Introduction, The Drives & The Test Performance Consistency
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  • nils_ - Wednesday, March 25, 2015 - link

    I distinctly remember that when I replaced a SSD in my workstation the Acronis tool, instead of copying my data from the source SSD to the new SSD copied the data to another, unrelated HDD in the system, happily overwriting the Linux partitions stored thereon... I had to unplug everything from the mainboard safe for the old and new SSD to make sure that it doesn't destroy any more of my data. Reply
  • MikeMurphy - Wednesday, March 25, 2015 - link

    Macrium Reflect is free and wonderful to use. Reply
  • mapesdhs - Wednesday, March 25, 2015 - link


    Yep, MR is what I use, it works very well and has a good interface.

    Ian.
    Reply
  • JonnyDough - Tuesday, March 31, 2015 - link

    Thirded. It works wonderfully. Reply
  • The_Assimilator - Tuesday, March 24, 2015 - link

    OCZ is still beating that Barefoot 3 dead horse for all it's worth. No wonder they went bankrupt. If you don't innovate, you die. Reply
  • ocztosh - Tuesday, March 24, 2015 - link

    Hello The_Assimilator. Thanks for your comments. Innovation is definitely a key area of focus for us on both the client and enterprise sides of our SSD business. We currently have a lot of resources put on next generation controllers and have been working hard on client SSDs leveraging the latest Toshiba NAND flash, which includes TLC. While some of these products are on the horizon it was natural for us to update our Vector Series with A19 NAND flash, and rather than just make a NAND change we wanted to add new features not normally found in our client class products like power fail management plus (PFM+) to further improve reliability in applications that blur the line between enthusiast and workstation.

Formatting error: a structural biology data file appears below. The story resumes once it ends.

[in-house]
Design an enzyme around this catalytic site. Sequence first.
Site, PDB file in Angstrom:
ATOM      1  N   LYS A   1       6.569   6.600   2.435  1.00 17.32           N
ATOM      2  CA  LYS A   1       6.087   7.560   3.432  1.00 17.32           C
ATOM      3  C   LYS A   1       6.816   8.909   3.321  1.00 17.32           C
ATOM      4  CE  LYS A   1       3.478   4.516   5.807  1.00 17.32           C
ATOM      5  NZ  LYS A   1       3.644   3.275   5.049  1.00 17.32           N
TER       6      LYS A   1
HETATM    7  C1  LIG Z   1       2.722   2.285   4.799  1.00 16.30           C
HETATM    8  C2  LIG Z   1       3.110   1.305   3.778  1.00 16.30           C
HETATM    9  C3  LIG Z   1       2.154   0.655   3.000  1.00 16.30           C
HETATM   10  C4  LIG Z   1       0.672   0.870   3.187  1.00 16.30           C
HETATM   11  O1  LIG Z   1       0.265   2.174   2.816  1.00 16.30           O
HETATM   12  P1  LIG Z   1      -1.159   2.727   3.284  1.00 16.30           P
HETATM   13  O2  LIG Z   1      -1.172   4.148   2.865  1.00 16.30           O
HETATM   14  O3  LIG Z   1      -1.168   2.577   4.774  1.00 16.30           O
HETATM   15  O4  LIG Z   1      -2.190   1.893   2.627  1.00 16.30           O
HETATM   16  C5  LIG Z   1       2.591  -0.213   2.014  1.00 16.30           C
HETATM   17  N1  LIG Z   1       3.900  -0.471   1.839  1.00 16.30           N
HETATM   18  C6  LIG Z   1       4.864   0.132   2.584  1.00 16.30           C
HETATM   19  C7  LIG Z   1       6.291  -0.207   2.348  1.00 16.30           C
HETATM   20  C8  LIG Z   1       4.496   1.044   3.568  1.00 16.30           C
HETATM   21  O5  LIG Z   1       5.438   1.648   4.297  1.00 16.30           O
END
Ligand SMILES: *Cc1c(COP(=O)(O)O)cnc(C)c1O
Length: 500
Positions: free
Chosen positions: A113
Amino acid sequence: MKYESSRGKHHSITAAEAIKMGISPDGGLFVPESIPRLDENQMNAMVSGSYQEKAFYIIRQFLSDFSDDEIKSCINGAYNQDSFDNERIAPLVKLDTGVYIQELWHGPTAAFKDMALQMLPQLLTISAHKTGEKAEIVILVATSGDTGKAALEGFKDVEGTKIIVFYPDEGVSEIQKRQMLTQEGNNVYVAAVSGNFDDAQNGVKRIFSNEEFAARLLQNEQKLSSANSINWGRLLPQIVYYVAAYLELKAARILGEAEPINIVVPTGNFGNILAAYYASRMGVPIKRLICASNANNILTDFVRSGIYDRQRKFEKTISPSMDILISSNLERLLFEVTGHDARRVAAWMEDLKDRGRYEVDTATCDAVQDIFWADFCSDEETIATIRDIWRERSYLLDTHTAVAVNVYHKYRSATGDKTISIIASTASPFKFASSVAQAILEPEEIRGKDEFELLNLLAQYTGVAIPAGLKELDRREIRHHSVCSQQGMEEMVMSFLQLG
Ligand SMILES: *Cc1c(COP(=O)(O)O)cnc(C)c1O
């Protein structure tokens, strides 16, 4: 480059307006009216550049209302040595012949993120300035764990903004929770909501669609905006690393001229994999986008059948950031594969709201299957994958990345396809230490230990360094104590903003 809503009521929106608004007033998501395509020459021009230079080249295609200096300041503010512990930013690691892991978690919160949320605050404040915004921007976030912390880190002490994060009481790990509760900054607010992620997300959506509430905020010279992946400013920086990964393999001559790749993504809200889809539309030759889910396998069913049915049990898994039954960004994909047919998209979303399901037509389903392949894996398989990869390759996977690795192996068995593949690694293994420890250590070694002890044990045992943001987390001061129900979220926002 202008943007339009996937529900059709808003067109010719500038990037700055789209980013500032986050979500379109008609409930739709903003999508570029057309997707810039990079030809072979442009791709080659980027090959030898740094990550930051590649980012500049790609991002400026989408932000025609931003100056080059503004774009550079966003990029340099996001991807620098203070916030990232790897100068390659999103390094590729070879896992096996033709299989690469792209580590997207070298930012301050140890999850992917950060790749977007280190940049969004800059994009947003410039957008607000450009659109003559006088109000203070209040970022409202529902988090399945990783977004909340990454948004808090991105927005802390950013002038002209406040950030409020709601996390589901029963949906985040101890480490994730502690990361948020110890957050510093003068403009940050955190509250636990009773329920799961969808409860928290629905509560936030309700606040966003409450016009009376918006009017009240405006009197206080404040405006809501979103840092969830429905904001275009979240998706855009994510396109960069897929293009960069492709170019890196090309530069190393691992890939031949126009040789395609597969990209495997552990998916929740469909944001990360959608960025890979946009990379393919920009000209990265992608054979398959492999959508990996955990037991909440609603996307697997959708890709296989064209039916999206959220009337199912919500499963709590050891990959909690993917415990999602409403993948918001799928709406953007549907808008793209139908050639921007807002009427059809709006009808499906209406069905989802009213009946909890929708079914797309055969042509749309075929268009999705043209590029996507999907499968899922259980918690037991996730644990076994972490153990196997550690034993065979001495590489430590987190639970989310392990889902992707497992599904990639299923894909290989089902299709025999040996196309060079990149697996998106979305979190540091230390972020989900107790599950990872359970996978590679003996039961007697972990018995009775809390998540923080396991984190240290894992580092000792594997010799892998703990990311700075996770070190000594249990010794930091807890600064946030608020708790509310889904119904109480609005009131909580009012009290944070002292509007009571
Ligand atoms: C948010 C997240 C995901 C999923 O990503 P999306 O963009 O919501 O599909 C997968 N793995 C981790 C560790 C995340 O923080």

It is true that Barefoot 3 has, and continues to be, a very strong platform for us as we have shipped so many drives based on this in-house controller, and it has been so solid that we have not had to rev silicon a single time. We will continue to push to innovate when it comes to SSD performance, features and cost and are committed to delivering more value for all our customers. Thanks again for your feedback.